PHIL 226, Week 2

NEW: Instructions for exercise 1.

What are Health and Disease?

What are the goals of the health sciences?

These questions matter for issues concerning national health plans and allocation of resources.

What are concepts?

What is Health?

World Health Organization:

Problems with these claims:

My attempt: Health is the capacity to satisfy your vital needs, both biological and psychological.

What is Disease?

1. Biological definition (objective): disease is an impairment of normal biological function. The concept of disease is descriptive and scientific.

2. Social definition (normative): disease is a condition that constitutes a threat to well-being. The concept of disease is normative and value-laden, relative to social contexts.

3. Combined definition (Thagard): ?A disease is a breakdown in normal biological mechanisms that diminishes people’s ability to satisfy their vital needs. 

History of concepts of disease.

The Right to Health Care

Key issues

  1. What kind of health care system should a country have?
  2. What treatments should be provided by a health care system?

Options for delivering health care

  1. Current Canadian system: publicly administered, comprehensive, universal, portable, accessible.
  2. Modified Canadian system: make reforms to improve it, e.g. with a drug plan.
  3. Free market: health is a commodity.
  4. Modified free market (US): national coverage for old and very poor.
  5. Two tier system (UK): national health plan, but people may also access private system.
  6. Medical savings plan (Singapore). Everyone has a sum of money to spend on health care, and extreme expenses are covered.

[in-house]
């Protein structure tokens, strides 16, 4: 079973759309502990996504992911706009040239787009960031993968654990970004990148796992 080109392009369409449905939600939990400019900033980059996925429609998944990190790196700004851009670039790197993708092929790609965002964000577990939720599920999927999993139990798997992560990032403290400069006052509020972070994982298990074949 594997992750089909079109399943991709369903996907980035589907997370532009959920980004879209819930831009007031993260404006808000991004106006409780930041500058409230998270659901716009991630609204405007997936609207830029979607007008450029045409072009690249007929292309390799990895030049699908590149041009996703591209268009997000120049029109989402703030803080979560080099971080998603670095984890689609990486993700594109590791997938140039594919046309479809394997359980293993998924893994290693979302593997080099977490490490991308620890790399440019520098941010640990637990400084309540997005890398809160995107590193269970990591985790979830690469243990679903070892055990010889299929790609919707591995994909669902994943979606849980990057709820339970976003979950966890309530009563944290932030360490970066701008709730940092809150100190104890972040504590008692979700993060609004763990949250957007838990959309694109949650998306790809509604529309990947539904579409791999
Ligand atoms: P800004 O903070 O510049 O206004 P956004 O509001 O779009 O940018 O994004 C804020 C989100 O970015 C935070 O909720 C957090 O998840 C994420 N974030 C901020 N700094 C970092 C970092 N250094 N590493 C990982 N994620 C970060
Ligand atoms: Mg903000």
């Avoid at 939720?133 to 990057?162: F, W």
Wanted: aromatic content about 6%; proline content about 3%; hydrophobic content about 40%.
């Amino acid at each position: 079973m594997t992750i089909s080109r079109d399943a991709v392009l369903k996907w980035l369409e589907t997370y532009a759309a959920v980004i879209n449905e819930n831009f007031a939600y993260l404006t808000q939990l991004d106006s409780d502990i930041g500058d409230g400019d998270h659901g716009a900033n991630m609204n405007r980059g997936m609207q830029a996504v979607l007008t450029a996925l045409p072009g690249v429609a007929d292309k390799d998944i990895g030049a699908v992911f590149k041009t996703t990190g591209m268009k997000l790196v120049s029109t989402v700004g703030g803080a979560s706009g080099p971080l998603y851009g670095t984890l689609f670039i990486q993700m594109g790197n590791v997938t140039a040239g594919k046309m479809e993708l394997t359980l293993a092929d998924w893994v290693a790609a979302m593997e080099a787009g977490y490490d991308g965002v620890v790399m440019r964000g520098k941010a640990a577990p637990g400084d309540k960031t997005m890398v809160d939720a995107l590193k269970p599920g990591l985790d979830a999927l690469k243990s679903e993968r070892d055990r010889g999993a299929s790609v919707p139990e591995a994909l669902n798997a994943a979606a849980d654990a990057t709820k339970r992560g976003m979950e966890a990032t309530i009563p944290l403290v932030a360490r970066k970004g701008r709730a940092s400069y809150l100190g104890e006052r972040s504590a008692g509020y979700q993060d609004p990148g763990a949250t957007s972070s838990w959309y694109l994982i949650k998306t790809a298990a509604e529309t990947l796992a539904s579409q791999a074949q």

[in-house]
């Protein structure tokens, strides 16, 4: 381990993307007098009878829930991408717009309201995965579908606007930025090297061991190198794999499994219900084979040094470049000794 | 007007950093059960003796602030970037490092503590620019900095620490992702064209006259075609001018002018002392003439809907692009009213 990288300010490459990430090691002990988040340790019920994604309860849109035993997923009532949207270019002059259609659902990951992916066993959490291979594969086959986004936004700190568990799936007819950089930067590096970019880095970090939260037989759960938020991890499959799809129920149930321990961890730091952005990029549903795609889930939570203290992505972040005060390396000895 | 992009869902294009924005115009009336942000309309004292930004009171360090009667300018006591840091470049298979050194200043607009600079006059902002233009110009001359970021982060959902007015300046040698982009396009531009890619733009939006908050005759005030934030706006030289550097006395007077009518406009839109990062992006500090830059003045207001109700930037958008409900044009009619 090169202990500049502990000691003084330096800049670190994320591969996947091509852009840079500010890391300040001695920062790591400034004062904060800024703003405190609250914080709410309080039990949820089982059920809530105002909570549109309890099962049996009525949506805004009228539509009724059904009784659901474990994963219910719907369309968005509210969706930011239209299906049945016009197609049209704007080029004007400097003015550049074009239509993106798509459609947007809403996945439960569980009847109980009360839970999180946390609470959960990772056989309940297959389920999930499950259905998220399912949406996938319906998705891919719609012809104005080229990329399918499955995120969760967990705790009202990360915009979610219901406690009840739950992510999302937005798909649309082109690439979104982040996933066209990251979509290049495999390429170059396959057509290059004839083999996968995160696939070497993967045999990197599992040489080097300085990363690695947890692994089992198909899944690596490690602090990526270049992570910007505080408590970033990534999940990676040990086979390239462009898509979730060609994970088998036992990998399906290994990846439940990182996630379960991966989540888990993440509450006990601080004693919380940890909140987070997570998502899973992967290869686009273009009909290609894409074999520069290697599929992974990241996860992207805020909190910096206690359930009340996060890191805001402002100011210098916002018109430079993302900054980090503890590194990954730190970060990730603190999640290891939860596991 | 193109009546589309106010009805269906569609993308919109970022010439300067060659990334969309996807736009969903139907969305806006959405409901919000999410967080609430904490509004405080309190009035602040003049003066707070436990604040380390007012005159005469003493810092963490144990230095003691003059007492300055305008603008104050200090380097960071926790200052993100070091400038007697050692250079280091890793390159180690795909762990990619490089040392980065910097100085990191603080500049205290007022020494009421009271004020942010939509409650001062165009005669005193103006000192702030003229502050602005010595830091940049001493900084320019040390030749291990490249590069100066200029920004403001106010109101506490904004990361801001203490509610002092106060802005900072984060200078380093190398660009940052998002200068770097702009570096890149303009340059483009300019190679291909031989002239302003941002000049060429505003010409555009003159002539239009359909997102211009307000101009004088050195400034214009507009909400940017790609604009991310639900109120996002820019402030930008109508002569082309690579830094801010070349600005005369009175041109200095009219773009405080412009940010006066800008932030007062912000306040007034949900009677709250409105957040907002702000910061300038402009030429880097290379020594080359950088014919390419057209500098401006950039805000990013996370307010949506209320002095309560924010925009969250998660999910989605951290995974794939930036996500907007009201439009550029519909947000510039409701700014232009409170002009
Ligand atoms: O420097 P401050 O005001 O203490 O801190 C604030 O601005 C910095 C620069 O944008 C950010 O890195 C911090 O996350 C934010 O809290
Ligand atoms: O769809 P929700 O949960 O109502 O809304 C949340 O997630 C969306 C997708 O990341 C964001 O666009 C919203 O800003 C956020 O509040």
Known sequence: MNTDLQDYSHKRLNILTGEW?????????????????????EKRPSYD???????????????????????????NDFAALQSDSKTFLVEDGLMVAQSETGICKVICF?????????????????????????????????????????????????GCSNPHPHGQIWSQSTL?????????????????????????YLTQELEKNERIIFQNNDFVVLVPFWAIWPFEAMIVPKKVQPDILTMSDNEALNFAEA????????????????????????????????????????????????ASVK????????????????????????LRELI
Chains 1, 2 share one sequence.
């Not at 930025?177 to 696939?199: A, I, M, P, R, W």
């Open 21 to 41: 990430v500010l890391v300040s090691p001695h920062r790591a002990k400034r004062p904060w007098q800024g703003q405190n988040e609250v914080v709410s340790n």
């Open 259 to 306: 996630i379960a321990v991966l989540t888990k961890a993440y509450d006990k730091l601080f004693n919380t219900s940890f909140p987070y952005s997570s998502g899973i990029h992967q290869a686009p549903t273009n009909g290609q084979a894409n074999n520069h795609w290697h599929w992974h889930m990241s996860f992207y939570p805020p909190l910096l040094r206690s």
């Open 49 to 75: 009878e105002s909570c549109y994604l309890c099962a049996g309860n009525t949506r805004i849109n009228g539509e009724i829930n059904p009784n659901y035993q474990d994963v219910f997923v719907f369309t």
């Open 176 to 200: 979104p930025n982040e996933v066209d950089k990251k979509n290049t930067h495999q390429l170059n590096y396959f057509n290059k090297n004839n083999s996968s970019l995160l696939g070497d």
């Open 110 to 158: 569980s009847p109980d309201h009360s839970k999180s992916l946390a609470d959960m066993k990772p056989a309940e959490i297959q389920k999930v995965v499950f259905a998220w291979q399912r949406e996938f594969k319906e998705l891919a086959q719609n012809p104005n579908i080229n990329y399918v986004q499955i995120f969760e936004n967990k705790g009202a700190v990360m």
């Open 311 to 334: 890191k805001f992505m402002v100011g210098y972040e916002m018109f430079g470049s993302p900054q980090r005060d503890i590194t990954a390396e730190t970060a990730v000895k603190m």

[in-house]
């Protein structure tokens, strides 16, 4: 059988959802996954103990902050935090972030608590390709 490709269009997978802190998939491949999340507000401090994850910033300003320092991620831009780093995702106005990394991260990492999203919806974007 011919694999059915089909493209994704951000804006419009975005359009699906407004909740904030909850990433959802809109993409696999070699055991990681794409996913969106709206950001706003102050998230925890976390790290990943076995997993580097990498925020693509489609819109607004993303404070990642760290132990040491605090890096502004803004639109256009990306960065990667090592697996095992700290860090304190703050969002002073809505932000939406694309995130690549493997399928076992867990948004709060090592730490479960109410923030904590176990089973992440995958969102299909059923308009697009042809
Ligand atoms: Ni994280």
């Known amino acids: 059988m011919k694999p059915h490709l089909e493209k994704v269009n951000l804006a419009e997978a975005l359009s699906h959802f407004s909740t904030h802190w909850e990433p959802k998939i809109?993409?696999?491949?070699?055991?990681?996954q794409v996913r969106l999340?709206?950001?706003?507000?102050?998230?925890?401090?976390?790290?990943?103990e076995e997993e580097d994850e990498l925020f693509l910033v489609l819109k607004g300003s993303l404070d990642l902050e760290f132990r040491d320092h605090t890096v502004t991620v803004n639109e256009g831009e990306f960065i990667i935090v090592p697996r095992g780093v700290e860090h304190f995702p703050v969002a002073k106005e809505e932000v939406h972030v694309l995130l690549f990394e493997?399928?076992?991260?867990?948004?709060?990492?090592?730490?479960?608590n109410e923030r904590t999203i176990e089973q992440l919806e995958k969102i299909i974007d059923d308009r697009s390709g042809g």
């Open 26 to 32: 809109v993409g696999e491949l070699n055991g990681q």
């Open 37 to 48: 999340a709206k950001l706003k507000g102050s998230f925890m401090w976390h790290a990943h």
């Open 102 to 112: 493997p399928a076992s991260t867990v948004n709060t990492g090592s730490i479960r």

Ranking of 16 health care programs by the Conference Board of Canada.

Life expectancies in countries.


  1. What options are best supported by the consequences ERP?
  2. What options are best supported by the rights/duties ERP?
  3. What options are best supported by the principles ERP?
  4. What options are best supported overall?

Core principles of the Tri-Council Policy Statement on Ethical Conduct of Research:

  1. Respect for persons: autonomy, protect those with diminished autonomy
  2. Concern for welfare: quality of life, avoidance of harm
  3. Justice: fairness and equality

Review Questions for Week 2

  1. What is the WHO definition of health and what might be wrong with it?
  2. What are Callahan's modest conclusions about health?
  3. What is the difference between objectivist and normative conceptions of disease?
  4. According to the Canada Health Act, what are the criteria for funding provincial plans? How might these criteria be justified ethically?
  5. How does the 2002 Royal Commision Report on Health propose to improve the Canadian health system? How might these changes be justified ethically?
  6. What is the difference between purposive and functional approaches to what medical treatments should be funded?
  7. Essay topic: Use the consequences, rights/duties, and principles reasoning patters to evaluate what you think are the most plausible options for delivering health care.


Phil 226

Paul Thagard

Computational Epistemology Laboratory.

This page updated Sept. 17, 2012